Former Scottish secretary Alistair Carmichael last night highlighted the contribution of communities across the UK at the Battle of Jutland.
The Northern Isles MP was speaking in a Commons debate on the centenary ahead of the commemorations in Orkney next week.
He said: “Orkney will be at the heart of the events to commemorate this remarkable episode in this nation’s history, just as we were at the heart of the events 100 years ago when Admiral Jellicoe led the fleet from Scapa Flow.
“But I’m struck that what we will be commemorating in fact is not just a naval battle, but an enterprise involving communities right across the length and breath of this country.
“That is the spirit in which it should be remembered.”
Conservative Flick Drummond, who led the debate, agreed there was not a single place in the UK that had not contributed to the Royal Navy at some point.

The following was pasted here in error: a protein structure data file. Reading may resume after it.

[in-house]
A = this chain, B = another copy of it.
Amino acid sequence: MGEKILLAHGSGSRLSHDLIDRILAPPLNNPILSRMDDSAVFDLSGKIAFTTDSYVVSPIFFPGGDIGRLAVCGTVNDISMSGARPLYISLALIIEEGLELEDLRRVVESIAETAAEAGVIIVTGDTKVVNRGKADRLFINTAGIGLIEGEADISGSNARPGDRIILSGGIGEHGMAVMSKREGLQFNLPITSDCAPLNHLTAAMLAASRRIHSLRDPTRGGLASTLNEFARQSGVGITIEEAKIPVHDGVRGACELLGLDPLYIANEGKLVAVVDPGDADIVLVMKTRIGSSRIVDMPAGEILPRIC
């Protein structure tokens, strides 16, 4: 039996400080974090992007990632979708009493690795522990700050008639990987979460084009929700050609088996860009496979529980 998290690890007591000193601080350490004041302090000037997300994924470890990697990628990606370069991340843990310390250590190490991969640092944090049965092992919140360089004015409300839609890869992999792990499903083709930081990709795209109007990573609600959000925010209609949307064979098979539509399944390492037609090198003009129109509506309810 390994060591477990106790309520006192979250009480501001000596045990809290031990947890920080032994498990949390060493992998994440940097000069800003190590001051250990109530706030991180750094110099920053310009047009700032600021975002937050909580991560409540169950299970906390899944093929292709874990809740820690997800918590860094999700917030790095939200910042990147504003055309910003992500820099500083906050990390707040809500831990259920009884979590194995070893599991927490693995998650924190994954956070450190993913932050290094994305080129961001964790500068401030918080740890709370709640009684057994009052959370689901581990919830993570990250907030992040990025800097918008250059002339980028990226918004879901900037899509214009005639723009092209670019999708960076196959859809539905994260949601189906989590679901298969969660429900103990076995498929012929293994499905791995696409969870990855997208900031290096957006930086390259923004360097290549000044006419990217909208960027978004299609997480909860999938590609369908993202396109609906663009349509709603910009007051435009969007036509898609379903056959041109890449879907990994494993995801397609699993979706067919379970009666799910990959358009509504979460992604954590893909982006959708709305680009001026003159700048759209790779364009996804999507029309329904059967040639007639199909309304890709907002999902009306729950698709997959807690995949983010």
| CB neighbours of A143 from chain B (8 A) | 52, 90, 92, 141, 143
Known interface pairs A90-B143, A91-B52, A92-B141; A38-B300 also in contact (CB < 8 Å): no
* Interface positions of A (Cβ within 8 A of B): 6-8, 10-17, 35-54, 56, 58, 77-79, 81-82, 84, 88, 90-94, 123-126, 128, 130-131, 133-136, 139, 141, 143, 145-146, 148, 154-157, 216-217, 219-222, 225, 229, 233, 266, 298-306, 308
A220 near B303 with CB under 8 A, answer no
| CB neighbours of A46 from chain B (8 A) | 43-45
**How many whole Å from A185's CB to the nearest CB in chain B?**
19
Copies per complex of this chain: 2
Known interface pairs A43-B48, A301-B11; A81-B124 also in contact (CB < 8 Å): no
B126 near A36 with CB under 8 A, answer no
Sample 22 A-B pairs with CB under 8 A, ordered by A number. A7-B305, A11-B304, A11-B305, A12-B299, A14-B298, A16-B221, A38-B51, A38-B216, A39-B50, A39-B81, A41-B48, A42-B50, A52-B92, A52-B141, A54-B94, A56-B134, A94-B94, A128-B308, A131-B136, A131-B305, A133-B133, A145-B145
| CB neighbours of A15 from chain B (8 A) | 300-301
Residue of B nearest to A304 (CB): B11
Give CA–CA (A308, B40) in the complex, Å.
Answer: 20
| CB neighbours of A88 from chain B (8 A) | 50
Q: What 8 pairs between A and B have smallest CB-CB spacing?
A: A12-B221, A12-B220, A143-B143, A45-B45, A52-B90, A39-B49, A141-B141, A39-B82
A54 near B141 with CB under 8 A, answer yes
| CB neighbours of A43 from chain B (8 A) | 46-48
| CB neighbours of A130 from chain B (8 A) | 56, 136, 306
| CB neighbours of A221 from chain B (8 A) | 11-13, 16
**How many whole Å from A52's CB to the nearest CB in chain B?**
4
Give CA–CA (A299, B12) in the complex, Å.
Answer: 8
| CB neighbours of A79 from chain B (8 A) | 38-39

The Portsmouth MP also said the battle had “lurked in the shadow of our national consciousness” for the last 100 years.
She pointed to its importance in pulling the Royal Navy out of its “Victorian complacency”, as well as its significance in the context of World War I as a whole.
Minister for the First World War Commemorations David Evennett, whose grandfather served at Jutland, said the events next week would be an opportunity to remember the contribution of all those involved.
He also sought to emphasise the theme of reconciliation, highlighting the peaceful relationship the UK now enjoys with Germany.
Remembrance services will take place at St Magnus Cathedral in Kirkwall and the Royal Naval Cemetery in Lyness, on Hoy.
Cared for by the Commonwealth War Graves Commission (CWGC), it is the final resting place for some 450 service personnel who died during WWI, including sailors lost at Jutland.
There will also be a remembrance service at sea where a German navy frigate will join a British ship to scatter poppies and forget-me-nots – the German flower of remembrance – at Jutland Bank.
Fought between the Royal Navy’s Grand Fleet and the German High Seas Fleet, more than 100,000 sailors on 250 ships took part in the Battle of Jutland on May 31-June 1, 1916.
More than 8,500 souls, some 6,000 British sailors and 2,500 Germans, lost their lives.